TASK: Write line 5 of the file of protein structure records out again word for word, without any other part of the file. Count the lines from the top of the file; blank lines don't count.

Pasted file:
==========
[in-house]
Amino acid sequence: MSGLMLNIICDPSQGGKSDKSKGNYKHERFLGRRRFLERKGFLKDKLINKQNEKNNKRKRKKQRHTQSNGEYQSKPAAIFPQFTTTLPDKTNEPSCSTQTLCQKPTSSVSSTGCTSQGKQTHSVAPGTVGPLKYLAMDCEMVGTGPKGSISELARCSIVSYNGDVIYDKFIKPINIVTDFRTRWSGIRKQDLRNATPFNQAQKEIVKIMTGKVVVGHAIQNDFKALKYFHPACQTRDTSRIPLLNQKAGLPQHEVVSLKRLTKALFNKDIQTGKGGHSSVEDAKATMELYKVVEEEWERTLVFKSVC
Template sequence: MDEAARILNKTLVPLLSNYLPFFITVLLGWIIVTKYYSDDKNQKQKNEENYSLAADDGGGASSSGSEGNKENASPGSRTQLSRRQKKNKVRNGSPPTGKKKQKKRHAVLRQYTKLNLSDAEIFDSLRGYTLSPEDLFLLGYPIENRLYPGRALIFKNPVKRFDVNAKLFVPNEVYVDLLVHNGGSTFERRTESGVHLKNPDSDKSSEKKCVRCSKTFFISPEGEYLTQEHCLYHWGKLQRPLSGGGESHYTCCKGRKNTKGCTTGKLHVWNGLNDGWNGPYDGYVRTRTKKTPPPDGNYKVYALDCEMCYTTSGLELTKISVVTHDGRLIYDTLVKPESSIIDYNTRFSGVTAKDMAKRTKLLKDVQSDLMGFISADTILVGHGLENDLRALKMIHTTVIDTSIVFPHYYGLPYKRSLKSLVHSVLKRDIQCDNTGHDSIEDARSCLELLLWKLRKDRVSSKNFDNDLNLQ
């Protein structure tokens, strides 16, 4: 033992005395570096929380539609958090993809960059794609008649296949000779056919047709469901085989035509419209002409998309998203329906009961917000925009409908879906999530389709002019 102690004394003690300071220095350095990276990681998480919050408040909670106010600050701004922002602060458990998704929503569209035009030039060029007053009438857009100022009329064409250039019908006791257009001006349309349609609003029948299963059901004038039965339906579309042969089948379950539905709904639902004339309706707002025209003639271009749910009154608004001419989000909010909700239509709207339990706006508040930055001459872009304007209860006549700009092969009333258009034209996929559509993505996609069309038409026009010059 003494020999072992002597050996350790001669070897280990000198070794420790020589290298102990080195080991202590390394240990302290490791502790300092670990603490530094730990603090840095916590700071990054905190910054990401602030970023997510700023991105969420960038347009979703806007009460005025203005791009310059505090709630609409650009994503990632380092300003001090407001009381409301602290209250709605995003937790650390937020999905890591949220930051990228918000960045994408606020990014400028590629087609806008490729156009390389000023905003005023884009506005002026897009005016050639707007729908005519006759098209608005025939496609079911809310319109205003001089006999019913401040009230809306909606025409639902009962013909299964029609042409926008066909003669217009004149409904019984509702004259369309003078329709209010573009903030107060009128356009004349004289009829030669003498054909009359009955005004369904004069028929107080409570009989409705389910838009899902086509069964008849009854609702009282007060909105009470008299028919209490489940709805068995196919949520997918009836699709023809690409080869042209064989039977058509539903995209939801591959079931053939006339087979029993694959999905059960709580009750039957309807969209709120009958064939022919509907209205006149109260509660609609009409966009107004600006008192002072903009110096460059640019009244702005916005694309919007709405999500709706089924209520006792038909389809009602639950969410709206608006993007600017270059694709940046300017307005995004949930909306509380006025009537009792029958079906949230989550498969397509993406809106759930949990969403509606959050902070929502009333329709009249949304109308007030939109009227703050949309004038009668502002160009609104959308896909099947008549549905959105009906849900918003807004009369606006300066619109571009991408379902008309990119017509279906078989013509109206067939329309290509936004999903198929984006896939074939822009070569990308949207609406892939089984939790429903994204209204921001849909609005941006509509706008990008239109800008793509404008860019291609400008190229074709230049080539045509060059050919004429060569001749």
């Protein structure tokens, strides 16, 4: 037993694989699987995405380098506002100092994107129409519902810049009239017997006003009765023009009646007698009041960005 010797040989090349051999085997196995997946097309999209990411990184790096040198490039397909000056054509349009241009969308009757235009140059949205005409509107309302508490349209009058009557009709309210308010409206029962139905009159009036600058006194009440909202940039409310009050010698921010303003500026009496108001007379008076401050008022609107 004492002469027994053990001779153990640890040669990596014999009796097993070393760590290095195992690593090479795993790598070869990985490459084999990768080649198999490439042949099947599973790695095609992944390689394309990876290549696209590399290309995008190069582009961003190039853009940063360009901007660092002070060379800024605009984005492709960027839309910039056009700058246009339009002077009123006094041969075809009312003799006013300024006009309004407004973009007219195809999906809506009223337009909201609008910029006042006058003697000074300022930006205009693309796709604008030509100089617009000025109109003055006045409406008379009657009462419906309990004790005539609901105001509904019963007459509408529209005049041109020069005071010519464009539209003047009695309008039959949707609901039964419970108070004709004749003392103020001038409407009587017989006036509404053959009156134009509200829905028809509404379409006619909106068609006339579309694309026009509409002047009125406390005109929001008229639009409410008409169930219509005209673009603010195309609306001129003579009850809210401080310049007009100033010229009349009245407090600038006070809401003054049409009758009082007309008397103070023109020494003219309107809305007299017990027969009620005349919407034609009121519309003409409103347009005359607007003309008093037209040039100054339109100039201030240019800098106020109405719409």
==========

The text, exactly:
């Protein structure tokens, strides 16, 4: 037993694989699987995405380098506002100092994107129409519902810049009239017997006003009765023009009646007698009041960005 010797040989090349051999085997196995997946097309999209990411990184790096040198490039397909000056054509349009241009969308009757235009140059949205005409509107309302508490349209009058009557009709309210308010409206029962139905009159009036600058006194009440909202940039409310009050010698921010303003500026009496108001007379008076401050008022609107 004492002469027994053990001779153990640890040669990596014999009796097993070393760590290095195992690593090479795993790598070869990985490459084999990768080649198999490439042949099947599973790695095609992944390689394309990876290549696209590399290309995008190069582009961003190039853009940063360009901007660092002070060379800024605009984005492709960027839309910039056009700058246009339009002077009123006094041969075809009312003799006013300024006009309004407004973009007219195809999906809506009223337009909201609008910029006042006058003697000074300022930006205009693309796709604008030509100089617009000025109109003055006045409406008379009657009462419906309990004790005539609901105001509904019963007459509408529209005049041109020069005071010519464009539209003047009695309008039959949707609901039964419970108070004709004749003392103020001038409407009587017989006036509404053959009156134009509200829905028809509404379409006619909106068609006339579309694309026009509409002047009125406390005109929001008229639009409410008409169930219509005209673009603010195309609306001129003579009850809210401080310049007009100033010229009349009245407090600038006070809401003054049409009758009082007309008397103070023109020494003219309107809305007299017990027969009620005349919407034609009121519309003409409103347009005359607007003309008093037209040039100054339109100039201030240019800098106020109405719409």